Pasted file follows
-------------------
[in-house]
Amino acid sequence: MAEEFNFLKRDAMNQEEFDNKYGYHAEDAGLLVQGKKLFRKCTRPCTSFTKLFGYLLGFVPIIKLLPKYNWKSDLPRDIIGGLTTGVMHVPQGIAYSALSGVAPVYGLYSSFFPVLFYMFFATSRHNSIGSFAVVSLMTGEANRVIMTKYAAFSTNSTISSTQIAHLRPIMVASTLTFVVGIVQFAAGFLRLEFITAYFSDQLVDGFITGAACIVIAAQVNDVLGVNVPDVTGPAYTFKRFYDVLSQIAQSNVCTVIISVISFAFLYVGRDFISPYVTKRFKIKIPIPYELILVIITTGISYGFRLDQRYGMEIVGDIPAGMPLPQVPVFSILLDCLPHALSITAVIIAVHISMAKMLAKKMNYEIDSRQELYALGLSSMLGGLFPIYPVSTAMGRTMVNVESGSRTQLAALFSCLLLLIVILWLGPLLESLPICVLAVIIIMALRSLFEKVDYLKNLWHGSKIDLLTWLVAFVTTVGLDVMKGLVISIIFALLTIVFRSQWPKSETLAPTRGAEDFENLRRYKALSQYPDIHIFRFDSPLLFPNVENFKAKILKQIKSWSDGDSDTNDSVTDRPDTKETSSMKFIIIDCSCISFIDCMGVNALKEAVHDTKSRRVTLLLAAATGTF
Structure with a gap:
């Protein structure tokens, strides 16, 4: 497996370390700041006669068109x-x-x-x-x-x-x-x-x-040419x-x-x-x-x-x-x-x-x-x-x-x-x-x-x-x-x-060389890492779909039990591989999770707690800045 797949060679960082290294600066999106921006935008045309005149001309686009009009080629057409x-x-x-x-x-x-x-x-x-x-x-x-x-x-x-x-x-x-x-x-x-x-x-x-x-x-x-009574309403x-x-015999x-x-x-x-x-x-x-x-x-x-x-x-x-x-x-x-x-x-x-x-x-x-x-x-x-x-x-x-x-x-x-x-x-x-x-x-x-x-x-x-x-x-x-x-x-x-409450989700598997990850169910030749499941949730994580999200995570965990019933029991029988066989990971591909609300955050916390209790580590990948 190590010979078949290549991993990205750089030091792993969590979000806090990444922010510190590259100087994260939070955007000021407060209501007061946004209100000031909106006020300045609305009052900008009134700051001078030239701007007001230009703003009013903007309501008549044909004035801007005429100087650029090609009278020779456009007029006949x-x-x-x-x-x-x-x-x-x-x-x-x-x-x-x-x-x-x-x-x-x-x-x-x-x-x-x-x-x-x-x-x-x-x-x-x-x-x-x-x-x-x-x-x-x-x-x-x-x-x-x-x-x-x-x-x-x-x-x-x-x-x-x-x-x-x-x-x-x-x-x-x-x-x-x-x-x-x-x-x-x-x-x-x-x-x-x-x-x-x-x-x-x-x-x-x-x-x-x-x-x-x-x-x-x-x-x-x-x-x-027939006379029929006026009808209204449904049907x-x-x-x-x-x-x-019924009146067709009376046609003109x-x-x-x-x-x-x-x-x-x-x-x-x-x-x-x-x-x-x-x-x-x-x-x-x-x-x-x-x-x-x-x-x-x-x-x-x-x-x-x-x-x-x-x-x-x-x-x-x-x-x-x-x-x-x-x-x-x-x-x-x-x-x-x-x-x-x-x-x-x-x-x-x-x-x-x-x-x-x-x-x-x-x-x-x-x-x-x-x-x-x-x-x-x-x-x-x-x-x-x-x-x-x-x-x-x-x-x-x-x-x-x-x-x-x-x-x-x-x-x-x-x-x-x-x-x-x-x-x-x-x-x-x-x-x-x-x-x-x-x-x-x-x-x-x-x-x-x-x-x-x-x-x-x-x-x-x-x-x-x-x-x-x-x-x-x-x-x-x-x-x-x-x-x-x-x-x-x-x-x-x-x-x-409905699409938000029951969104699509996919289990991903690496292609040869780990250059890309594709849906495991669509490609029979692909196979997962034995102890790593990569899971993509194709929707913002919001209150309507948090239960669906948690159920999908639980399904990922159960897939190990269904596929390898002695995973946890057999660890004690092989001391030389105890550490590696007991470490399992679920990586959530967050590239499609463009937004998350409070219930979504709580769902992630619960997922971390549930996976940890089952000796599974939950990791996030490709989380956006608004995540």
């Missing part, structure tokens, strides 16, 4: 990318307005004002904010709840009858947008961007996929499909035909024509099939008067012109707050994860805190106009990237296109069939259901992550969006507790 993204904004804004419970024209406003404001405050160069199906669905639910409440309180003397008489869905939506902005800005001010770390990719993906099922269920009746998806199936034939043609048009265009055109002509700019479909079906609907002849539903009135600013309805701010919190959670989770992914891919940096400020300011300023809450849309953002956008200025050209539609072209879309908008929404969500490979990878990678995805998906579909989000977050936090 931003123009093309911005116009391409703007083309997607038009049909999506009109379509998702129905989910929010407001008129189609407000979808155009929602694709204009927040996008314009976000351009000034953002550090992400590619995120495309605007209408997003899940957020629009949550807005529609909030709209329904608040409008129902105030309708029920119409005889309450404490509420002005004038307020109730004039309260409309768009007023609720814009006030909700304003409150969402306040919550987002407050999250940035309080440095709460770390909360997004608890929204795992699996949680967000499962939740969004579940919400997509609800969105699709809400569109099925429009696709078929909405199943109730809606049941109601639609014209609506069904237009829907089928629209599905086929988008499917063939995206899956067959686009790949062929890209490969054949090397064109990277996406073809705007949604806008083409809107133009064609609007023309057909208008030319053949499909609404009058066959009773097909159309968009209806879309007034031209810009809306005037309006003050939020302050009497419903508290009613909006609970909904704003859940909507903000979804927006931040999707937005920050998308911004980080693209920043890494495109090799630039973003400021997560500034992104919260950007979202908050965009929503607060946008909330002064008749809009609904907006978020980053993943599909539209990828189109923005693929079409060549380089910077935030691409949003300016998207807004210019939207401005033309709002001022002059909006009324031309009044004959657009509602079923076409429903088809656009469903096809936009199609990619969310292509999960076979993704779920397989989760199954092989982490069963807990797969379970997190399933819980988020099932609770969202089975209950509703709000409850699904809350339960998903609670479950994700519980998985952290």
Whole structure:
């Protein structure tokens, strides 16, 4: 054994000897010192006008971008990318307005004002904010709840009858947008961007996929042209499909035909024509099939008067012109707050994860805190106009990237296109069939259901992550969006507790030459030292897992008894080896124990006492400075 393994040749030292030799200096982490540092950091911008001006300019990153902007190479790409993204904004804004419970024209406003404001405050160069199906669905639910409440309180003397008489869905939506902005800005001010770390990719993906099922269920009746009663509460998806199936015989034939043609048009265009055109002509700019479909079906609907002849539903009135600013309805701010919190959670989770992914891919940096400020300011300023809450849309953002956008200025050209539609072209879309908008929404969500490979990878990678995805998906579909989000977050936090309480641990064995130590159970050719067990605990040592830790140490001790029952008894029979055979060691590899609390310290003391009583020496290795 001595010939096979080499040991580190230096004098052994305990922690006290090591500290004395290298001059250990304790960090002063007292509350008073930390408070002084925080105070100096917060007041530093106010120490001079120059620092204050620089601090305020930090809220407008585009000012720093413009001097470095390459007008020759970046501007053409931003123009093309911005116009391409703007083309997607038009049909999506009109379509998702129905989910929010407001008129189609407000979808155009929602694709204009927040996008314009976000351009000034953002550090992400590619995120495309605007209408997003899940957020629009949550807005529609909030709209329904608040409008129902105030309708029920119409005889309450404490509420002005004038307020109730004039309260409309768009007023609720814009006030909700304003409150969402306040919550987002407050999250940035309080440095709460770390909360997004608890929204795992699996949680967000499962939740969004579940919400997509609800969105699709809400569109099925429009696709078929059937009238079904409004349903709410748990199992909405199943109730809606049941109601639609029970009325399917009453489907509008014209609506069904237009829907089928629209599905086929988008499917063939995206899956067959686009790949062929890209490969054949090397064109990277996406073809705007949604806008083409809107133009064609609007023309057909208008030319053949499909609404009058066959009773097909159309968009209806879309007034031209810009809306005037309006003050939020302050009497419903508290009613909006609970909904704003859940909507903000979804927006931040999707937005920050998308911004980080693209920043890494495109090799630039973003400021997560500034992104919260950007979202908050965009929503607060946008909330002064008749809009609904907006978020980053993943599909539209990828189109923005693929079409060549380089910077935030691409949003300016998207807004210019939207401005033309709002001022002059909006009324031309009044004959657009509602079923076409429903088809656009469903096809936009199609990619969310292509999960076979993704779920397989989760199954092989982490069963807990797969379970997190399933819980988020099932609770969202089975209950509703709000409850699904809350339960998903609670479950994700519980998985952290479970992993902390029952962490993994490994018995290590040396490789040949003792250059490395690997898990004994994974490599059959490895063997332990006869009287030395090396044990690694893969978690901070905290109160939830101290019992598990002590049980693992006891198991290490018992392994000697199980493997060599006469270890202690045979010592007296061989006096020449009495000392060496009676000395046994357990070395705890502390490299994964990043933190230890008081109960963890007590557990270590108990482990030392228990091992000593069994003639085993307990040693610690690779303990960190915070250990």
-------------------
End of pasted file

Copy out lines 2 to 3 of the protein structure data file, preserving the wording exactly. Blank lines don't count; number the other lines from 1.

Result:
Amino acid sequence: MAEEFNFLKRDAMNQEEFDNKYGYHAEDAGLLVQGKKLFRKCTRPCTSFTKLFGYLLGFVPIIKLLPKYNWKSDLPRDIIGGLTTGVMHVPQGIAYSALSGVAPVYGLYSSFFPVLFYMFFATSRHNSIGSFAVVSLMTGEANRVIMTKYAAFSTNSTISSTQIAHLRPIMVASTLTFVVGIVQFAAGFLRLEFITAYFSDQLVDGFITGAACIVIAAQVNDVLGVNVPDVTGPAYTFKRFYDVLSQIAQSNVCTVIISVISFAFLYVGRDFISPYVTKRFKIKIPIPYELILVIITTGISYGFRLDQRYGMEIVGDIPAGMPLPQVPVFSILLDCLPHALSITAVIIAVHISMAKMLAKKMNYEIDSRQELYALGLSSMLGGLFPIYPVSTAMGRTMVNVESGSRTQLAALFSCLLLLIVILWLGPLLESLPICVLAVIIIMALRSLFEKVDYLKNLWHGSKIDLLTWLVAFVTTVGLDVMKGLVISIIFALLTIVFRSQWPKSETLAPTRGAEDFENLRRYKALSQYPDIHIFRFDSPLLFPNVENFKAKILKQIKSWSDGDSDTNDSVTDRPDTKETSSMKFIIIDCSCISFIDCMGVNALKEAVHDTKSRRVTLLLAAATGTF
Structure with a gap: